Smoke billows from a 500-pound bomb dropped during the intense battle for the city of Shewan. During the battle, Marine snipers attached to Task Force 2d Battalion, 7th Marine Regiment, Special Purpose Marine Air Ground Task Force Afghanistan, killed more than 50 insurgents and wounded several more.

A Marine sniper attached to Task Force 2d Battalion, 7th Marine Regiment, Special Purpose Marine Air Ground Task Force Afghanistan, fires at targets on a range on Camp Barber, Afghanistan. The marksmanship skills of the Marines proved far superior during the Battle of Shewan, enabling the Marines to reduce the enemy force that was more than eight times the size of their own. (Marine Corps photo by Sgt. Steve Cushman)

A Marine sniper attached to Task Force 2d Battalion, 7th Marine Regiment, Special Purpose Marine Air Ground Task Force Afghanistan, fires at targets on a range on Camp Barber, Afghanistan. The marksmanship skills of the Marines proved far superior during the Battle of Shewan, enabling the Marines to reduce the enemy force that was more than eight times the size of their own. (Marine Corps photo by Sgt. Steve Cushman)


Celebrating Corps’ 233rd birthday in Afghanistan 1

‘Two battalions of Marines’ celebrate Corps’ 233rd birthday in Afghanistan

Task Force 2/7 commander spends morning delivering birthday cake to Marines serving at forward operating bases; 3/8 commander addresses Marines at headquarters camp

Article by Sgt. Steve Cushman
Task Force 2d Battalion, 7th Marine Regiment, Special Purpose Marine Air Ground Task Force Afghanistan

CAMP BARBER, Afghanistan – When the Continental Congress resolved in 1775 that two battalions of Marines be raised, the U.S. was a fledgling nation at war with Great Britain.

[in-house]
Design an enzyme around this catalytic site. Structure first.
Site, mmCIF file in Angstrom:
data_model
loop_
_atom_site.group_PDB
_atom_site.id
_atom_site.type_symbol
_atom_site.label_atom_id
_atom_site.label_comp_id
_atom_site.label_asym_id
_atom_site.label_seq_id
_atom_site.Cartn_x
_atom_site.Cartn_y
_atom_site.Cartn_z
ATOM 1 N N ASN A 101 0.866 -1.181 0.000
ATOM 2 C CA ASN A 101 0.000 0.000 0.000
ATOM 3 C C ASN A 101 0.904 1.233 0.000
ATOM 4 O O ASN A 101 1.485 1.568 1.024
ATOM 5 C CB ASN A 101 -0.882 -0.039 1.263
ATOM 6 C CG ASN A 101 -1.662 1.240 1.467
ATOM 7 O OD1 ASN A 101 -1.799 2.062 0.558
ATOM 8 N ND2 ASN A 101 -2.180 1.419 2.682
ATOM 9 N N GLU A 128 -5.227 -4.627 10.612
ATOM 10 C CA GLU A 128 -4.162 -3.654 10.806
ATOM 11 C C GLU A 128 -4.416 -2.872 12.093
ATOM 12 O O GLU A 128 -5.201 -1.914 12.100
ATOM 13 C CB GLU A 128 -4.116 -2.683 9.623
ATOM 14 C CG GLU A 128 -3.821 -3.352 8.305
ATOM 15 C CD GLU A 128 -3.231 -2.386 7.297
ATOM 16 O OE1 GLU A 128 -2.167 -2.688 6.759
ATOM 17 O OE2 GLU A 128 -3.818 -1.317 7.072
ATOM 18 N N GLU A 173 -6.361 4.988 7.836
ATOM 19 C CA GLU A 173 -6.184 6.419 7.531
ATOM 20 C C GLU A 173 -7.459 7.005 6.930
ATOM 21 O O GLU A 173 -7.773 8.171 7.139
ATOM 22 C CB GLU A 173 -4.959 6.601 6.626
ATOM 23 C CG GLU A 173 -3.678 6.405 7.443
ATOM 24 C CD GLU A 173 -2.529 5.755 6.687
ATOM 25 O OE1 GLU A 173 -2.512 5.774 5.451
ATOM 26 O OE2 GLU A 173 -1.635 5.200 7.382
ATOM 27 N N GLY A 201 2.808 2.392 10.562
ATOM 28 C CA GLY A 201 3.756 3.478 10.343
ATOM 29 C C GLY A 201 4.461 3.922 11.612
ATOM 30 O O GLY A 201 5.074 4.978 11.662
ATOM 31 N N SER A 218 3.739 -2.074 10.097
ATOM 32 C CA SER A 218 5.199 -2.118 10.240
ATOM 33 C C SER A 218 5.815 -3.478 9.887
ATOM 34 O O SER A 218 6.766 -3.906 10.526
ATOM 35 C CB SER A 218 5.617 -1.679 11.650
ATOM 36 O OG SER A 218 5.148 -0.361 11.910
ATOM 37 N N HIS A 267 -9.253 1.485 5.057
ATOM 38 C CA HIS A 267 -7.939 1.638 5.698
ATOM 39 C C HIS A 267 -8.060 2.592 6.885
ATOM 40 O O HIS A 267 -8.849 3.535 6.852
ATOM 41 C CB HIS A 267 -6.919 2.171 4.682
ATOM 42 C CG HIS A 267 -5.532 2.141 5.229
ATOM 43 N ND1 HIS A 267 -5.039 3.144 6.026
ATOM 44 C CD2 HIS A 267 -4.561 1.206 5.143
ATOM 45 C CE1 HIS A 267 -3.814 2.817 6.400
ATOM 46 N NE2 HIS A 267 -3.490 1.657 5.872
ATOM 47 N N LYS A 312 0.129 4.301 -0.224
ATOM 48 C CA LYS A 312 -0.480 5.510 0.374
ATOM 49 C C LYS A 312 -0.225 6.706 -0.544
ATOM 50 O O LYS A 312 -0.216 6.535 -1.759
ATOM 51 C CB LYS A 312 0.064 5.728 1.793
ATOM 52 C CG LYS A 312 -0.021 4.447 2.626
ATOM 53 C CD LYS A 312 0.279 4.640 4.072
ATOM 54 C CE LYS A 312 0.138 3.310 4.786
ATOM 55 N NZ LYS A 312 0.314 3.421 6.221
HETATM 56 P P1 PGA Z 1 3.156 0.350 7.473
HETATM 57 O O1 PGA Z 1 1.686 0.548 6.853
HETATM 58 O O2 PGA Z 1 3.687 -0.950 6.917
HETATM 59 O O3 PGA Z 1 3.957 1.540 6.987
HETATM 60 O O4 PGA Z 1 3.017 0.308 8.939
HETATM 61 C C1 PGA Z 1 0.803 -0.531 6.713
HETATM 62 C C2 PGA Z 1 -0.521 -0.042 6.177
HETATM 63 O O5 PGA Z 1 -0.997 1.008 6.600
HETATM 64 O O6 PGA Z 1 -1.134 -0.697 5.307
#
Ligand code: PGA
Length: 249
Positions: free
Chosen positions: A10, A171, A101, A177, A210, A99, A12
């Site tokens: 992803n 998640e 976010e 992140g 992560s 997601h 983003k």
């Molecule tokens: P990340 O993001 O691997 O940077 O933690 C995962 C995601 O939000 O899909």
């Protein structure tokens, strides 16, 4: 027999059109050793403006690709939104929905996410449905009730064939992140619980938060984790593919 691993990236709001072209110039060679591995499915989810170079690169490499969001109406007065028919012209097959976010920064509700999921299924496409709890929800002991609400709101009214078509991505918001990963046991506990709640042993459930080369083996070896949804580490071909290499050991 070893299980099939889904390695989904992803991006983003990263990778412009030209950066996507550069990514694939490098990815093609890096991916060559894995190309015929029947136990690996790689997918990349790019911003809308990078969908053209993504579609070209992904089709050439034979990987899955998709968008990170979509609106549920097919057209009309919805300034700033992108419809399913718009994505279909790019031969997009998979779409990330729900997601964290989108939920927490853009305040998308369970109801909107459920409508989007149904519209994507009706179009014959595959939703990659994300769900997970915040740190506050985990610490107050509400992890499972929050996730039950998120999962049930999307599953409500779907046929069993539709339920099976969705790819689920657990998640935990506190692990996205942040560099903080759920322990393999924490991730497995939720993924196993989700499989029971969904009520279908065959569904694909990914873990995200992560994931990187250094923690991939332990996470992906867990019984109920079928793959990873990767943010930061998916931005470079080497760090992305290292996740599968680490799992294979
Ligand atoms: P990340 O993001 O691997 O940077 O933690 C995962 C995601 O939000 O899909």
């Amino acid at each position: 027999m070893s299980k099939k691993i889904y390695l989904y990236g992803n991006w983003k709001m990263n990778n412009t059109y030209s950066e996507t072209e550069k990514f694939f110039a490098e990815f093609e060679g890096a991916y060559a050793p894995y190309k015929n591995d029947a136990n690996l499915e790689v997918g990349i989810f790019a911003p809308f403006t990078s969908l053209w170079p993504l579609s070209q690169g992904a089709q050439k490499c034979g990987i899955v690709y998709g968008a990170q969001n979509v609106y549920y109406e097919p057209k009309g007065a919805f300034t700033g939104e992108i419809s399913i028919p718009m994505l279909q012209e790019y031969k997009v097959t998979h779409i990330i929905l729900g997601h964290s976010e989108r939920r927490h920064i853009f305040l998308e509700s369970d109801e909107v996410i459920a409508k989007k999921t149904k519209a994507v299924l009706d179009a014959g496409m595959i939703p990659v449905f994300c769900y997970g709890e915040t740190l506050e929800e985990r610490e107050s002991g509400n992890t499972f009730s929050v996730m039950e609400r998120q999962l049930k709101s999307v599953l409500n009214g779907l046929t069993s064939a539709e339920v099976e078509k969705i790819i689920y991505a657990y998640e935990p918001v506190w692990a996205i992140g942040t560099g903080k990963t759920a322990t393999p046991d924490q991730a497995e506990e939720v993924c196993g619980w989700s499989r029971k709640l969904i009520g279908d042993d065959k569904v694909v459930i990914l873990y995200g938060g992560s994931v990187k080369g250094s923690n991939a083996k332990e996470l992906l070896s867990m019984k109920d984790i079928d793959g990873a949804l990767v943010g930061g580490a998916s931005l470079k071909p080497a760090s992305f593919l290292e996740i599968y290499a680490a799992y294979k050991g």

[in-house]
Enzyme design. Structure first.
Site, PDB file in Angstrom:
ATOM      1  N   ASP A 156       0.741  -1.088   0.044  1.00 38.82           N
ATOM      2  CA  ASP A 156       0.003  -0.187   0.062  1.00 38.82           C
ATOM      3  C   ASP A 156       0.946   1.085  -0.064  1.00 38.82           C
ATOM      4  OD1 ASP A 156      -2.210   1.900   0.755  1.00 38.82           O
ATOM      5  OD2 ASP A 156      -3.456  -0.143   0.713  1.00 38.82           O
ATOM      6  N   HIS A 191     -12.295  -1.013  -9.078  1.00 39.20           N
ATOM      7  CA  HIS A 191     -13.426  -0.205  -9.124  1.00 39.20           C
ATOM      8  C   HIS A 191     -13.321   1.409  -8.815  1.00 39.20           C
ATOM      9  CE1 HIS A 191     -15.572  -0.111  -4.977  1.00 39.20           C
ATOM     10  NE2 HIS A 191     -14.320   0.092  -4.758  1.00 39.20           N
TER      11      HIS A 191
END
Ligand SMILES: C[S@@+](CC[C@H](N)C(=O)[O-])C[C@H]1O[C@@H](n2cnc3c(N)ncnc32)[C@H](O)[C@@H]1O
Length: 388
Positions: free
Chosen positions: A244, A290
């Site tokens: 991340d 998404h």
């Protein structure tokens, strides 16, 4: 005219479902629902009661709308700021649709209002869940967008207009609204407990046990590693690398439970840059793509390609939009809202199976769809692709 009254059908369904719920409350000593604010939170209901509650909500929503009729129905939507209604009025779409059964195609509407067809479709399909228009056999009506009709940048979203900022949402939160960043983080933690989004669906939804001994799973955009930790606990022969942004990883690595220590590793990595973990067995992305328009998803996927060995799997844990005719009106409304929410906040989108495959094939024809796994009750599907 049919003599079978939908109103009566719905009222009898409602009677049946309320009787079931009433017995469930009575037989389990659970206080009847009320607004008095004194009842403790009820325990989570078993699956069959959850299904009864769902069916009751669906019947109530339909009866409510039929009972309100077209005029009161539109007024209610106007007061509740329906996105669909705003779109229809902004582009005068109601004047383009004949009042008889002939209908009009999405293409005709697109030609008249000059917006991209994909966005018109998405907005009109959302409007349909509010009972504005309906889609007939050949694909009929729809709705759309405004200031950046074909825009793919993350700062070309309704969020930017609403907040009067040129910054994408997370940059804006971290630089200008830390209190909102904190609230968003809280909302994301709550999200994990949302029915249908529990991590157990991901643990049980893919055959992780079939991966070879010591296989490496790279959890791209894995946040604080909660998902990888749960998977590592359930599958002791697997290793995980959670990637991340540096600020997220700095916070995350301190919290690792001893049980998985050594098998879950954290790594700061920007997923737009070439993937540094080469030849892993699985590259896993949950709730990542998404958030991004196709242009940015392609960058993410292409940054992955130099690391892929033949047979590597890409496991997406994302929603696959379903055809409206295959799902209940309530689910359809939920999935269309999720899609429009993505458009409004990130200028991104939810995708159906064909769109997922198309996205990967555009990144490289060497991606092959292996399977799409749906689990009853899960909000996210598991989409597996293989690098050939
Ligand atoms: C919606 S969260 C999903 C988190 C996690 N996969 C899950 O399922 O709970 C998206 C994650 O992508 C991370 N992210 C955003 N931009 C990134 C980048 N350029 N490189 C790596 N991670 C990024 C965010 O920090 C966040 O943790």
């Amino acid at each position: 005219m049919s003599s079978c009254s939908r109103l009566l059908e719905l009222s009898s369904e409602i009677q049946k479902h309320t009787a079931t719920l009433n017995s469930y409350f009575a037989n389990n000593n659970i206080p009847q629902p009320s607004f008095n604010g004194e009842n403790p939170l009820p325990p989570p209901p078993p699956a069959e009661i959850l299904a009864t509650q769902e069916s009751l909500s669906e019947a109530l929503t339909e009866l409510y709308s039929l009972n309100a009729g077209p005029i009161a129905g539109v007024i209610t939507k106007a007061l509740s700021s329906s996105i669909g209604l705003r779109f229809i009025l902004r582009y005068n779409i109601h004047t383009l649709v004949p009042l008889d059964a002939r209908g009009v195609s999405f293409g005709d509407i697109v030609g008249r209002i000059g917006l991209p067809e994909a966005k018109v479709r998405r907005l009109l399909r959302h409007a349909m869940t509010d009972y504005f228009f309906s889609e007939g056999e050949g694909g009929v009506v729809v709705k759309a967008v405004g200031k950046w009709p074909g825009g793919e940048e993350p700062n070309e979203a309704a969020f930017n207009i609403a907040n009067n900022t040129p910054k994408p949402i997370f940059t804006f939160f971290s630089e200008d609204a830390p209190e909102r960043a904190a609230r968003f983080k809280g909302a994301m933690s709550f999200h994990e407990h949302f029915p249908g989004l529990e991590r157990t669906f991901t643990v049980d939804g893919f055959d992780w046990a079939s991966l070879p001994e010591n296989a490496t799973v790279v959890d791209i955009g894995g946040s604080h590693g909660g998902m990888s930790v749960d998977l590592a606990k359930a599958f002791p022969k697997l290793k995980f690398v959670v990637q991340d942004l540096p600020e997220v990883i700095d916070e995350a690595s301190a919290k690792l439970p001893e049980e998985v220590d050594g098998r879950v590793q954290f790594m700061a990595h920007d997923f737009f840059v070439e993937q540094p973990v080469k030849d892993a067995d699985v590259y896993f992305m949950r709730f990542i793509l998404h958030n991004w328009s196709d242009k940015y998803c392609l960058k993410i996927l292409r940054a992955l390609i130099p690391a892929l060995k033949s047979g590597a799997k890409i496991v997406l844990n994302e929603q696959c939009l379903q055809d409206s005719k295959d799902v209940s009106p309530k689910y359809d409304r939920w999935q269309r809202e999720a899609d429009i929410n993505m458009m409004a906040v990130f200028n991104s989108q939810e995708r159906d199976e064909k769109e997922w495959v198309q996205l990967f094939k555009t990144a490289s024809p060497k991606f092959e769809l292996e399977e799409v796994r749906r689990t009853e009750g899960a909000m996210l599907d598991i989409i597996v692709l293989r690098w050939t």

While America has certainly evolved throughout the course of time, so has the Marine Corps. Two battalions of Marines have come together once again – this time to celebrate the Marine Corps’ 233rd birthday while Marines and sailors are serving in harm’s way on the front lines of combat.
Marines and sailors of Task Force 2d Battalion, 7th Marine Regiment, Special Purpose Marine Air Ground Task Force Afghanistan joined in celebrating the illustrious history of the Marine Corps with 3rd Battalion, 8th Marine Regiment, 2d Marine Division, the ground combat element replacing them in support of the NATO-ISAF mission in Afghanistan.

Serving in Afghanistan since April, the Marines at each forward operating base (FOB) of TF 2/7’s area of operations were all able to enjoy a cake-cutting ceremony. For many of the young Marines, particularly those deployed for the first time, celebrating the Corps’ birthday on the forward edge of battle was quite motivating.

“Spending a Marine Corps birthday in a combat zone and still recognizing it means a lot to all Marines, especially those forward deployed,” said 1st Sgt. Eric W. Rummel, Company F, TF 2/7. “It shows that no matter where you are, the Marine Corps Birthday is a very special day and rings true with the Marines’ Hymn – ‘in every clime and place.’”

“I think it shows the young Marines that the Marine Corps Birthday is a special day to all Marines, even when it’s celebrated in a combat zone,” 1st Sgt. Rummel continued. “Many of these young Marines have never experienced a true Marine Corps birthday ball ceremony. I’m sure this story will be told many times of how they were in Now Zad, Afghanistan, and they were still able to find a way to celebrate the Marine Corps Birthday.”

The celebrations were two-fold for TF 2/7 during the morning hours. As the Marines and sailors were preparing to celebrate here at the headquarters camp, Task Force Commander Lt. Col. Richard D. Hall was busy traveling around his battle space so that he could personally wish each Marine a “Happy Birthday.” At FOB Now Zad, he greeted Fox Company Marines who secured the landing zone. Cake and ice cream were unloaded, as the helicopter’s rotors swirled in the background.